However, the industry is holding out for a limit of 100mg/m3. Its plant typically emits

40-50mg/m3, and with such a large margin against the current standard operators have generally been allowed to monitor their emissions just once every two years.

Bringing the limit down to 50mg/m3 would require a significant increase in monitoring frequency, with costs also rising because a new monitoring method is being proposed. Overall, costs may rise from £600 every two years to several thousand pounds per year, with stack alterations needed to accommodate the new monitoring method adding up to £10,000.

The industry wants the proposed 50mg/m3 standard to apply only to new or replacement plant. However, DEFRA points out that plant in the sector has a typical life of 20-40 years, and operations complying with the current limit have been "known to give rise to an accumulation of visible dust in the neighbourhood."

The china and ball clay industry has been more successful in resisting the earlier proposal to cut the particulate limit for most of its main processes from 100 to 25mg/m3. The revised target is 50mg/m3, with upgrading of most processes required by January 2007.

Cost considerations swung the argument. Bag filters would have been necessary on china clay driers to meet a limit of 25mg/m3, at a capital cost of £14 million and annual operating costs of £1 million. Additional drying capacity costing £10 million would also have been needed.

An environmental trade-off was also involved. The difference between a standard of 50 and one of 25mg/m3 is an annual emission of 250 tonnes of kaolin dust. But the extra energy consumption involved in meeting the lower standard would have resulted in additional carbon dioxide emissions of 20,000 tonnes per year. The industry is expected to use state-of-the-art wet scrubbing technology to meet the compromise standard.

Other particulate control measures are being added in selected sectors. The cement, coal and coke, quarry and mobile rock processing sectors will be required to ensure that no visible dust emissions cross the site boundary.

Additional dust monitoring, mostly using low-tech methods, will be required in the coal and coke handling sector following an official study which found that dust emissions from such sites can contribute to periodic exceedences of the air quality objective for PM10. 2Another measure intended to bring greater discipline to control of dust emissions is a requirement for recording of continuous monitoring data on sources with exhaust flows of over 300m3/min in the cement, clay and refractory goods, quarrying and vermiculite and perlite sectors. The necessary kit will cost around £3,000 per source.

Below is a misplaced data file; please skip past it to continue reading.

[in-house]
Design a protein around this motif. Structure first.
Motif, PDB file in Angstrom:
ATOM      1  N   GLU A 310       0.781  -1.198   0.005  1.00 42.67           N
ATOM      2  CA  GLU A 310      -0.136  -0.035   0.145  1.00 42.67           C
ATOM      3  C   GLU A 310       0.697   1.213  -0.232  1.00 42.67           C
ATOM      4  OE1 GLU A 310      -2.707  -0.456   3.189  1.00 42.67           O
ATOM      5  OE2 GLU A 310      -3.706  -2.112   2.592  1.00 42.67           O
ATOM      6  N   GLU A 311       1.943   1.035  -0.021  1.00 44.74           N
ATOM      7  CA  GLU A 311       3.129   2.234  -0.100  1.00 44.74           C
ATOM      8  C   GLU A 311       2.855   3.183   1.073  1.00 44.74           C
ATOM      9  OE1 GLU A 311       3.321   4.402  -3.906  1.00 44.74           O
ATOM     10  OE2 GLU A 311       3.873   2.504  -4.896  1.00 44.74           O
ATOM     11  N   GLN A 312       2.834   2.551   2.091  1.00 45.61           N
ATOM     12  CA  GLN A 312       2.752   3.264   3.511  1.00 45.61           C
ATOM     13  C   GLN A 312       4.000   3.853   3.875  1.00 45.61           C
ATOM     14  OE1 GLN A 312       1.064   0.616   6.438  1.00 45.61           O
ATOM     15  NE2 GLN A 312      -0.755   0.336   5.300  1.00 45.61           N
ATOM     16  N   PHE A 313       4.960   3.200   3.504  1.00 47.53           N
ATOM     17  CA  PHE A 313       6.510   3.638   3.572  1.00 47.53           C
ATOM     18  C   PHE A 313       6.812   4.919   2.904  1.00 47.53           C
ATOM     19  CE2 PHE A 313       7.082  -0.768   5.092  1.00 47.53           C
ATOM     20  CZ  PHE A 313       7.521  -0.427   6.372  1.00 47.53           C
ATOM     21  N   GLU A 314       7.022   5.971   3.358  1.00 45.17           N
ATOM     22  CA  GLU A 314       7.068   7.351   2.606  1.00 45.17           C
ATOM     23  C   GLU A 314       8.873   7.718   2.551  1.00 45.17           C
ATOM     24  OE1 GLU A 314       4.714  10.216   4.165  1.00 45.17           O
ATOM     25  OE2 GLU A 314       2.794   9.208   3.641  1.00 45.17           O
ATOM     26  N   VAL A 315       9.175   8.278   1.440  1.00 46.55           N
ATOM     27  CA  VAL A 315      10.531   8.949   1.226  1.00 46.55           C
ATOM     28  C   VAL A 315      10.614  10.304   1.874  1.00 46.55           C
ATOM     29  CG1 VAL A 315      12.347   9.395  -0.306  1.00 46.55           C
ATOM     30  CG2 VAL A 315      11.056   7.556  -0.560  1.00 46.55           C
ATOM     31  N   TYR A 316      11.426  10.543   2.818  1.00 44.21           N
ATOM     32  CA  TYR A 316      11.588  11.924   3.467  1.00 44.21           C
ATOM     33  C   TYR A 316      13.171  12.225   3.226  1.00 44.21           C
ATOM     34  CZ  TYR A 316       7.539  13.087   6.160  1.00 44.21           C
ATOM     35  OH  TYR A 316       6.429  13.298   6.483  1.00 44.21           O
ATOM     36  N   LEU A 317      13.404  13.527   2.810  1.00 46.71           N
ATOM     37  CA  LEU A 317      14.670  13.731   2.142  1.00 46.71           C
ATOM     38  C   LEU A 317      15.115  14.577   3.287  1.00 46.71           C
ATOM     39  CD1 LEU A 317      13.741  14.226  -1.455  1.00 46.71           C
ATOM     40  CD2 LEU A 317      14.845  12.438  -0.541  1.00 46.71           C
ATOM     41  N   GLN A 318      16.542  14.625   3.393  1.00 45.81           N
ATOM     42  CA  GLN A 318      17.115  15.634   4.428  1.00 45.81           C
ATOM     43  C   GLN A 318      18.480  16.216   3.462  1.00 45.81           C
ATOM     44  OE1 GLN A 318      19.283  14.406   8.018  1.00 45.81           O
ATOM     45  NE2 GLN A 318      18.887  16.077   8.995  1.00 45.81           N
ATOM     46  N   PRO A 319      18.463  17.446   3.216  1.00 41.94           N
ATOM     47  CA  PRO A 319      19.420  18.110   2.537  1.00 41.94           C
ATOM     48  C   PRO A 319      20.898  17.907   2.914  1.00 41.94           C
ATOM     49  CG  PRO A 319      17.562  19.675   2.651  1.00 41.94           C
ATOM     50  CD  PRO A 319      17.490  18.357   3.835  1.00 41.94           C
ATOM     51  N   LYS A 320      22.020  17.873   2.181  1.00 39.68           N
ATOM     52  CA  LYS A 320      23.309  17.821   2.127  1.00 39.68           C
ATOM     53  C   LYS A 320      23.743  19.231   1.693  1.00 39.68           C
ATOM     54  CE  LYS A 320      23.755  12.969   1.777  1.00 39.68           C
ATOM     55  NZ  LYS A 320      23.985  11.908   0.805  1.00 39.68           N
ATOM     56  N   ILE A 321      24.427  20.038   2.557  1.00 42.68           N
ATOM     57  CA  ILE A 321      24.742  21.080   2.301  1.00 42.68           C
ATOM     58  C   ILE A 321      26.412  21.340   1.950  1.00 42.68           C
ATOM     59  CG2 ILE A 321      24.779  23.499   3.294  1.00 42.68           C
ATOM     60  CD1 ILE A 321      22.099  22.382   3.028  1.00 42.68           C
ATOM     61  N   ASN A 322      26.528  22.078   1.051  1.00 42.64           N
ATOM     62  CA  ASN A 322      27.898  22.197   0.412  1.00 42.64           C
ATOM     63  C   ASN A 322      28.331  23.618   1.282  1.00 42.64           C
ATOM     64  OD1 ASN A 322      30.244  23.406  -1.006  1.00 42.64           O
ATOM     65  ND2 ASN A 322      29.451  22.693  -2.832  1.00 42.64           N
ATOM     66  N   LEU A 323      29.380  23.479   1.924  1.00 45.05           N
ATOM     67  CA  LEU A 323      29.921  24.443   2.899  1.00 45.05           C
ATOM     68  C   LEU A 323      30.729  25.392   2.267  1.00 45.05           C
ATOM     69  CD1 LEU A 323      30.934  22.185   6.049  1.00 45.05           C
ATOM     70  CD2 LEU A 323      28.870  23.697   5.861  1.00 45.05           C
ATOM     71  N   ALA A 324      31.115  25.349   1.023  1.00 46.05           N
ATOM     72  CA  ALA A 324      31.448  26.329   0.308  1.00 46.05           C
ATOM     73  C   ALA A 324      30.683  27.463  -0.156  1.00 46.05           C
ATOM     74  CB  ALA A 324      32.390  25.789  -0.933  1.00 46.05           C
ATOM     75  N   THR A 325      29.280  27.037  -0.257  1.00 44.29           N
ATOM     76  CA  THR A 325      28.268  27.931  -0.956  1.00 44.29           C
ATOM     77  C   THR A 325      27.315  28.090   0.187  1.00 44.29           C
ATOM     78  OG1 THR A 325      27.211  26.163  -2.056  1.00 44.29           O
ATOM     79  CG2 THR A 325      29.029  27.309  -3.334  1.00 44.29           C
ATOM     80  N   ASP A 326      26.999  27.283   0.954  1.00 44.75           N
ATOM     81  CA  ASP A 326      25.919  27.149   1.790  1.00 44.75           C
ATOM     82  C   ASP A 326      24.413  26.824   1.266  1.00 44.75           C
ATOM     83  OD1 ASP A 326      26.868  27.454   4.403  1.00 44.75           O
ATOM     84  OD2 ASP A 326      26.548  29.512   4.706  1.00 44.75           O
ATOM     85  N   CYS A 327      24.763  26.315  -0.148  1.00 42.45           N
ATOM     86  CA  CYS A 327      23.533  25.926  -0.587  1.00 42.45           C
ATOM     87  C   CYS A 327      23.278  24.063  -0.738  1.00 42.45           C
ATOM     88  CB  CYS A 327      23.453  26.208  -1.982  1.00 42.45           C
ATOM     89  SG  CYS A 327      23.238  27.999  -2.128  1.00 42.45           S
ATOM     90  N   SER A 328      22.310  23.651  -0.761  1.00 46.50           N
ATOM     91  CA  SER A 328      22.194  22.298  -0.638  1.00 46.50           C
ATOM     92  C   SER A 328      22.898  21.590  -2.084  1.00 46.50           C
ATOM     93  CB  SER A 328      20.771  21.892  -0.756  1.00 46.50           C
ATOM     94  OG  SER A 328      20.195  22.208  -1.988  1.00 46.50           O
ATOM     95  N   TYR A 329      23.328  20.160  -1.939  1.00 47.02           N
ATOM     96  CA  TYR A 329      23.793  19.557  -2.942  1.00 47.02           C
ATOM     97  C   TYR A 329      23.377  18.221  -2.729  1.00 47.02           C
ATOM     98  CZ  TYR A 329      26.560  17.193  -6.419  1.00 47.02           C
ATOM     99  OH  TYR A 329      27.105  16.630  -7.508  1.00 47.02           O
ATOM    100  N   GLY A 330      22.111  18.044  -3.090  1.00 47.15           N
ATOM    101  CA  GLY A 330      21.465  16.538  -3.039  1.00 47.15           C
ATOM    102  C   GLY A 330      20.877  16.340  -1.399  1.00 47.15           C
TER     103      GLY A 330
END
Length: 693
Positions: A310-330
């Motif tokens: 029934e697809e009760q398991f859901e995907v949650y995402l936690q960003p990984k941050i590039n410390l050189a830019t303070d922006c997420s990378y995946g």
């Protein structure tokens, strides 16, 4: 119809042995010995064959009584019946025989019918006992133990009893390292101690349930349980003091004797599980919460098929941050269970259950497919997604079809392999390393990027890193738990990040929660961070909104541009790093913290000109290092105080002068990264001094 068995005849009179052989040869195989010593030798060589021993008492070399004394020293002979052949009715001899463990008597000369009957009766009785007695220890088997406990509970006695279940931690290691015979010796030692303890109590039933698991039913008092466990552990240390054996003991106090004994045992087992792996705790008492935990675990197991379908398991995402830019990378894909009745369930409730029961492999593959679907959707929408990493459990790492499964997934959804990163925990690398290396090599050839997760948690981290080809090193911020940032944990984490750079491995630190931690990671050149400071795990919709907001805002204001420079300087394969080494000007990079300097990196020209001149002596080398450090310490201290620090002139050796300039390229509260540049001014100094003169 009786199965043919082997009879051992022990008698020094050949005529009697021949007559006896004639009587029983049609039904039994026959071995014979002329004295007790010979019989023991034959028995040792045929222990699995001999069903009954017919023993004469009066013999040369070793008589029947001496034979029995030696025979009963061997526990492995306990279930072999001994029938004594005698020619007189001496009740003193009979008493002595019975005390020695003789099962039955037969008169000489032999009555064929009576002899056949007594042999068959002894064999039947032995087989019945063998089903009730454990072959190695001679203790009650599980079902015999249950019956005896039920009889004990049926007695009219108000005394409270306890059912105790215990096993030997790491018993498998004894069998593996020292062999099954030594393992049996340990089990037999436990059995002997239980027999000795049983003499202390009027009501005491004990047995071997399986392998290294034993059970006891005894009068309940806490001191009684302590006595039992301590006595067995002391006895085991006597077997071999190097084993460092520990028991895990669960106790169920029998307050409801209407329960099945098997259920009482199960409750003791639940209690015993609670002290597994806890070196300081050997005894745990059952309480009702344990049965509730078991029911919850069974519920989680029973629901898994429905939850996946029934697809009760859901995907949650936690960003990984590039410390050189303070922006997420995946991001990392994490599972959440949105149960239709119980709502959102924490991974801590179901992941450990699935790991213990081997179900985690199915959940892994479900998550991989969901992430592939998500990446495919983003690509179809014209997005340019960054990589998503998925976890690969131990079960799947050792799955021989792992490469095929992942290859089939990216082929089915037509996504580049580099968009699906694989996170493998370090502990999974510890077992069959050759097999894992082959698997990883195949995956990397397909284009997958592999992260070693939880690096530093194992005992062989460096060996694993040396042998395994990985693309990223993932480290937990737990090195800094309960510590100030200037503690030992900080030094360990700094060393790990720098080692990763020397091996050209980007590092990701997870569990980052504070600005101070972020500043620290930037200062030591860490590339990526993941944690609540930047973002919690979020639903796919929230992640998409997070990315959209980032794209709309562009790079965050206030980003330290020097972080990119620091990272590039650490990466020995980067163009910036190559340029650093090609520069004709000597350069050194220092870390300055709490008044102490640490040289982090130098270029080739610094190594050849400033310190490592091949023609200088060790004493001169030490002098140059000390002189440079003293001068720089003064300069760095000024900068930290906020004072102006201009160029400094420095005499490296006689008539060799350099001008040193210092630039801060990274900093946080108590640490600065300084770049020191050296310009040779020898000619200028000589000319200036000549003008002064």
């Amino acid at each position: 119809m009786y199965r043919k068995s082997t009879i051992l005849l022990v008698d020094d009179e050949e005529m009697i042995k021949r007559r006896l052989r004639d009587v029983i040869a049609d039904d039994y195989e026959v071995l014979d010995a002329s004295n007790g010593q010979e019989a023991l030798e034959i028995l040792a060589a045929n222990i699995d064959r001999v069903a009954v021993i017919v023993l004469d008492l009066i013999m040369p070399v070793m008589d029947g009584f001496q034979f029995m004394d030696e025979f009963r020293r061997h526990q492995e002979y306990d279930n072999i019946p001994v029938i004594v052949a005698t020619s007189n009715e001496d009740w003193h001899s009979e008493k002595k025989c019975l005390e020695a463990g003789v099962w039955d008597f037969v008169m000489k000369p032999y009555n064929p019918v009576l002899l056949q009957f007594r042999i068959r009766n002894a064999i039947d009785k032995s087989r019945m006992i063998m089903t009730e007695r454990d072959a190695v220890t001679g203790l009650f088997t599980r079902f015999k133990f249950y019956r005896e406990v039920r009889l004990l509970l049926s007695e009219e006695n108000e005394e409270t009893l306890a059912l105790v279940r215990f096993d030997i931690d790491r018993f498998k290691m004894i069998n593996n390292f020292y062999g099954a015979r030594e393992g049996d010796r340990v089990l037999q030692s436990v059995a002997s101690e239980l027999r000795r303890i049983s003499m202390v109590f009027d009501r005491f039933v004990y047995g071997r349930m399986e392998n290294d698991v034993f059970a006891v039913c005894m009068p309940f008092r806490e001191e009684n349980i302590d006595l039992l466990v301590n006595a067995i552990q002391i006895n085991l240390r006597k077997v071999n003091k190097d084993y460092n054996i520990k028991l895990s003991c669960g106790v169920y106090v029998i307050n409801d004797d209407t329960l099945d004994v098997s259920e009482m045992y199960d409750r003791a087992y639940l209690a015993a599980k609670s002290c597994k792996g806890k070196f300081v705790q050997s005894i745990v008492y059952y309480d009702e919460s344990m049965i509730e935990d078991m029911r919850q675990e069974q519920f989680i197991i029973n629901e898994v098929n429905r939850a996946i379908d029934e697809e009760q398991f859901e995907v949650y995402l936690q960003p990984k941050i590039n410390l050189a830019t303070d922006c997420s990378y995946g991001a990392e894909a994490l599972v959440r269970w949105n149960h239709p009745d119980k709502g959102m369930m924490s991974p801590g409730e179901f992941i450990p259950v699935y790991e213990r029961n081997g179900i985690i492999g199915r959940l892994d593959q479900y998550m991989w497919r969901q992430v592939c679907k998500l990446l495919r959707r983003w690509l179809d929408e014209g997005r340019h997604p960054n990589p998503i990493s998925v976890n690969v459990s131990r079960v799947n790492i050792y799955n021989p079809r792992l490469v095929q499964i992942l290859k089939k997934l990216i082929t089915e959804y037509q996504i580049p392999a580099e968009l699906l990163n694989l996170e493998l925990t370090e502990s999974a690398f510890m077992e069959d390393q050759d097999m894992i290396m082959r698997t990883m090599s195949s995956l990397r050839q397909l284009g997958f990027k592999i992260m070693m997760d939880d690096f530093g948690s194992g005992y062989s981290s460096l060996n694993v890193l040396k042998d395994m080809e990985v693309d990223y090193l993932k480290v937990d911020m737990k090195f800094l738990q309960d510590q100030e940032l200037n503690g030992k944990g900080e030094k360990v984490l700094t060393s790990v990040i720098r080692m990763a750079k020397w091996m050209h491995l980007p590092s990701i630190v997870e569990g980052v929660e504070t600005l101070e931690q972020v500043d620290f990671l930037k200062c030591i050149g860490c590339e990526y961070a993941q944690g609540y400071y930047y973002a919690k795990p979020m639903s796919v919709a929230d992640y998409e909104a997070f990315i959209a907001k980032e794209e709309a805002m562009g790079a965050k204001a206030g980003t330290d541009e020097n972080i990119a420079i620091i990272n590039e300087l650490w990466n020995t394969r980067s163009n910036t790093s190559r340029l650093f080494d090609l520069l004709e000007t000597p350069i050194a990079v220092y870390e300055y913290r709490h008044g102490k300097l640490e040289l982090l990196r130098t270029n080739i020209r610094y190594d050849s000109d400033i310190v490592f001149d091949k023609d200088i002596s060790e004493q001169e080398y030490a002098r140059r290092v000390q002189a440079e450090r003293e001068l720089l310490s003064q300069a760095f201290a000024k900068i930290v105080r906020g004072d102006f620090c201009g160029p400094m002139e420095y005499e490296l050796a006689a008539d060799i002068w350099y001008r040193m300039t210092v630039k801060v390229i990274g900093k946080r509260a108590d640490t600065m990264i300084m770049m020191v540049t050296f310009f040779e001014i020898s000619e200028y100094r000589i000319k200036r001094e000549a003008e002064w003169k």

The cement handling sector will bear the brunt of new controls on road tankers. Overpressurisation of silos from venting of tanker air through them is estimated to account for 60% of dust emissions from this source. The draft guidance would require some 800 tankers to be fitted with onboard relief valves and filtration systems, at a cost of £400-£1,000 apiece. The industry would have four years to comply.

Finally, sheeting of rail vehicles used by quarry processes will be required after an upgrading period of two years.

The benefits of all these proposals have been quantified in detail for just two sectors. In the roadstone coating industry, annual particulate emissions are expected to be cut from 3,965 tonnes at present to 2,070 tonnes by 2012. And a reduction of 800 tonnes is projected for the mineral drying and cooling sector over the same period.

Most of the dust from these sources is mainly PM10 and the overall reduction will be just less than 1% of national emissions.

The financial impact of the new guidance will be heaviest in the roadstone coating sector, which estimates that upgrading to the new standard will cost £40-£45 million. Upgrading mineral drying and cooling processes is projected to cost £4 million.

These two sectors are also facing a proposal which did not appear in earlier drafts. Waste or recovered oil is commonly used as a fuel in their furnaces, and the draft guidance includes a limit of 1ng/m3 on dioxin emissions for these sources. Annual testing will be required for compliance purposes.

There are few other changes to existing controls on other pollutants. Halving the fluoride limit of 10mg/m3 for the clay and refractory goods sector was considered but rejected. Process modifications have enabled many manufacturers to comply with the existing limit without add-on abatement equipment (ENDS Report 289, p 13 ). But a further reduction would require limestone scrubbers and their attendant waste and extra energy consumption.

In contrast, the fluoride emission limit for calciners in the china and ball clay sector is to be halved to 5mg/m3, and a new limit of 10mg/m3 for chloride from scrubbers added. A generous ten-year upgrading deadline is proposed, but this will be reviewed within two years in the light of research into abatement technologies.